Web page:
Nancy Sherman:  There’s a real sense that all’s fair in love and war, you know, and that all the rules are off.  But since the Middle Ages and the formulation of just war, however abstractly, the idea has been that there are rules of permissibility.  Both for those in charge of declaring war, what counts as a reasonable cause, a just cause, a justification for going to war, and aggressing or defending yourself.  And also for how the soldier conducts herself, or himself, justly, honorably. 

So, there’s that, and then there’s the reality of it, as you say, and the concrete cases.  So, right now, we, with the surge in Afghanistan, are dealing with, or should be dealing with the real heavy moral implications of the nature of the fighting.  So, General McChrystal has made it very clear that there will be tight rules of engagement on the troops, the 100,000 troops that will be fully deployed in Afghanistan.  And those troops will not be able to—if they’re mingled civilian and insurgents, the troops need to put the preponderance of risk upon themselves and take additional risk rather than risk the lives of civilians, unless the unit is being overrun, and we’ve sent that that is not full proof.   In Marsiya, there were 12 killings, there have been drones that have killed civilians, and now the Special Forces are under the same tight restrictions, so, unified command. 

Now the way that—you have to think about that, how does that play out on the troops?  Well we know a lot of the grunts, the ground troops, are grumbling bitterly on fighting with one hand tied behind my back while they get all the advantage because they can shield their innocence in... They shield their insurgents in civilian populations and then I as a combat troop have to restrict my fire.  So, you have to say, are they risking troops at the cost of saving the civilians in Afghanistan and some will say that.  And we’ll say, oh, it’s just a political ploy.  We need to buy the hearts and minds of the population.  But I think it also is protecting the hearts and minds of our own soldiers, and that’s the military ethics really made concrete.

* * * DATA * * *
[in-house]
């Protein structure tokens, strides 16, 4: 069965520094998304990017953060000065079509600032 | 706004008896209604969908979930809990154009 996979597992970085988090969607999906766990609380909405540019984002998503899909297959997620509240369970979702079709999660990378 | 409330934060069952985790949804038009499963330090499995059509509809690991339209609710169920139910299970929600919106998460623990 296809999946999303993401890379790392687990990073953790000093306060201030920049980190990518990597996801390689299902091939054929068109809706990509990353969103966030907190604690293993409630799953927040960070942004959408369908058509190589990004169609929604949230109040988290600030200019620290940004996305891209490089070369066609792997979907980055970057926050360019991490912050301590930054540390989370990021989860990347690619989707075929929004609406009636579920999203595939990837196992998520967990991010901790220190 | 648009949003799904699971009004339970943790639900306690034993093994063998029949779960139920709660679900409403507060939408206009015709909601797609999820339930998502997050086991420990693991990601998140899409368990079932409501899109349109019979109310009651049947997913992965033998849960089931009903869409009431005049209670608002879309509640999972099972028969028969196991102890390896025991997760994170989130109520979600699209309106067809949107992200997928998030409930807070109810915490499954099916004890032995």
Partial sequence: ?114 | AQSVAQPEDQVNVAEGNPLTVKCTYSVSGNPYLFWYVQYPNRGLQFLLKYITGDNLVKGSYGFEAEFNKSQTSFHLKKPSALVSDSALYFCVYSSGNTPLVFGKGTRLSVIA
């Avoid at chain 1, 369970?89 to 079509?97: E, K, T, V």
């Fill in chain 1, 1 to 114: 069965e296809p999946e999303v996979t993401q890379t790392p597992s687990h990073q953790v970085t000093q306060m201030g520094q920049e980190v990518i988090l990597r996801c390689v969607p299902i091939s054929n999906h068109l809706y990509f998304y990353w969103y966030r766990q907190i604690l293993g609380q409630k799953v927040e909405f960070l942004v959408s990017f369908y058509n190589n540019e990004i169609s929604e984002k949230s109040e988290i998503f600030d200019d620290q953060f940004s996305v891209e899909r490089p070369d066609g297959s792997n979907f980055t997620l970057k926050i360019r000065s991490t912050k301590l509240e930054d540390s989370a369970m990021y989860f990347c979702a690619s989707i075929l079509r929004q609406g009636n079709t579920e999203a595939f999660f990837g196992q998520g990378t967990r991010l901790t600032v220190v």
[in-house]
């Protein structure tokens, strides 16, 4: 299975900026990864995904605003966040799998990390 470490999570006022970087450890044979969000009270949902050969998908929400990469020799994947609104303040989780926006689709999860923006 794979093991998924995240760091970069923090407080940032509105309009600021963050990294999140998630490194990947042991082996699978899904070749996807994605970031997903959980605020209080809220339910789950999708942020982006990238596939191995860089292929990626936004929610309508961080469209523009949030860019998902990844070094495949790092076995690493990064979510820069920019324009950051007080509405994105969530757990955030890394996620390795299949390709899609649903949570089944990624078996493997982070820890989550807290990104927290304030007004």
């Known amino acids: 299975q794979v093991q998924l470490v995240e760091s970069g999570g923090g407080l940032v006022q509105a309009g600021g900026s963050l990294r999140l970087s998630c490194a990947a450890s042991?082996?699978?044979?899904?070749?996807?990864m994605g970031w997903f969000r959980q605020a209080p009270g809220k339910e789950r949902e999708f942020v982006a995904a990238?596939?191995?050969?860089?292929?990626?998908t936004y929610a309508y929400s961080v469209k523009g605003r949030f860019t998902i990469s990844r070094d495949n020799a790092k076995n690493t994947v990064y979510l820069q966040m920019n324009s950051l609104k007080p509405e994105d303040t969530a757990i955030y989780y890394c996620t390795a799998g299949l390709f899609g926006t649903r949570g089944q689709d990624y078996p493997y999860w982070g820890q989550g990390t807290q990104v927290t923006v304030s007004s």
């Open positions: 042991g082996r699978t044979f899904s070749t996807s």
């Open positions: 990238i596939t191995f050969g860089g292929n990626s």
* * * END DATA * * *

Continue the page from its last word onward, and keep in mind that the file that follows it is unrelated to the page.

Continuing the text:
The soldiers I have spoken to who have been involved in civilian casualties, that’s an awful term, collateral damage.  It makes it—it’s so euphemistic.  But it means not just accidental killings of civilians, it’s where you foresee that it might happen, but you don’t intend it.  The civilians are in the periphery of the target area and it’s an important enough target that you go for it.  In cases like checkpoint incidents in Afghanistan and Iraq where this has happened, and especially if the civilian is a child.  The Marines that I’ve talked to just decompensate almost, they feel so awful about killing a vulnerable child; it’s like the mythic child that has been killed.  And if you think about it, here they are in a place on the Helmand Province we are fighting in Afghanistan, and they are there not only to be fighters, but they’re policeman, they’re community organizers, they’re building a city in a box.  They’re building civic order in a box.  And that’s how it’s been phrased.  And they’re the savior in a sense, they’re bringing order.  And there’s a lot of idealism about them, but also the sheer reality of what’s happening.  And when they can’t do that and they fail miserably in the sense of see a kid killed in the midst of that operation, I think that really, really plays hard. 

So, I think the restrictions which come from high up and are imposed through the chain low down by a commander that has to work really hard to restrain his troops and restrain the fire force, the fire power that’s used are protecting the hearts and minds of our own soldiers.  They’re reasonable moral restraints.  Not just to buy the hearts and minds of the country we’re in, but to preserve our own souls.

More from the Big Idea for Friday, May 07 2010

 

What’s Fair in War